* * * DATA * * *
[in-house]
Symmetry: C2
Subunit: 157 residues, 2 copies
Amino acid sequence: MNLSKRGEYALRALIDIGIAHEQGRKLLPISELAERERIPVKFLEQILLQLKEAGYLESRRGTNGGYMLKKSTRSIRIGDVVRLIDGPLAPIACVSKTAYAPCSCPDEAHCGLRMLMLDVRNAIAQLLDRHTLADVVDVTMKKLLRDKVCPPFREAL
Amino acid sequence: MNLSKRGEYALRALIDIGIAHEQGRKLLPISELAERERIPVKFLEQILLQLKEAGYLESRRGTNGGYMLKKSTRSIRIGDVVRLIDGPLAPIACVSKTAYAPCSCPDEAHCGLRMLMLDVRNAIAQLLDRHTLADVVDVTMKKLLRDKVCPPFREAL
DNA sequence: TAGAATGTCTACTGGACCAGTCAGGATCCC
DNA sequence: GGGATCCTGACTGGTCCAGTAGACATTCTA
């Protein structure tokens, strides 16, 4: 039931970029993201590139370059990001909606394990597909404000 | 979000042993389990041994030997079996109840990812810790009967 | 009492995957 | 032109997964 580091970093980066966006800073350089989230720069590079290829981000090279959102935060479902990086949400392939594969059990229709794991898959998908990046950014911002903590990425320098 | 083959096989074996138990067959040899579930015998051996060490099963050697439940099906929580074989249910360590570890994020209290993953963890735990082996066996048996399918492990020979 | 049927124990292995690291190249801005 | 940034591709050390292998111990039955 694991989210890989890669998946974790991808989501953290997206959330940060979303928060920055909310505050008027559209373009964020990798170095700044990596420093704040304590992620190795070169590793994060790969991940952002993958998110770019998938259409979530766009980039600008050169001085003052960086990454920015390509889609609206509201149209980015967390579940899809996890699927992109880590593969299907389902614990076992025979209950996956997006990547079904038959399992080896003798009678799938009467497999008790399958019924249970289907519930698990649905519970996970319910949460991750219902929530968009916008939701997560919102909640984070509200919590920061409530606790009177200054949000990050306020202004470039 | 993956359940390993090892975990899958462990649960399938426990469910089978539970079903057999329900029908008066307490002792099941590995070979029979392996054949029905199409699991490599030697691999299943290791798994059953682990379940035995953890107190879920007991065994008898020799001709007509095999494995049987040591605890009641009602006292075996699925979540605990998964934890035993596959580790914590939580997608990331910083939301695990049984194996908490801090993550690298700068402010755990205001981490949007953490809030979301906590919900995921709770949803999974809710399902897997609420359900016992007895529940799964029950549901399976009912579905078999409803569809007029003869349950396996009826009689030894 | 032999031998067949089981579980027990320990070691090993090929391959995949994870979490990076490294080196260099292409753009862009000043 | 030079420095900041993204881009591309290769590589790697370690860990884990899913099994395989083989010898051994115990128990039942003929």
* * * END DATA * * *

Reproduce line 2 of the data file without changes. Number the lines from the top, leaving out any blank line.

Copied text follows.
Symmetry: C2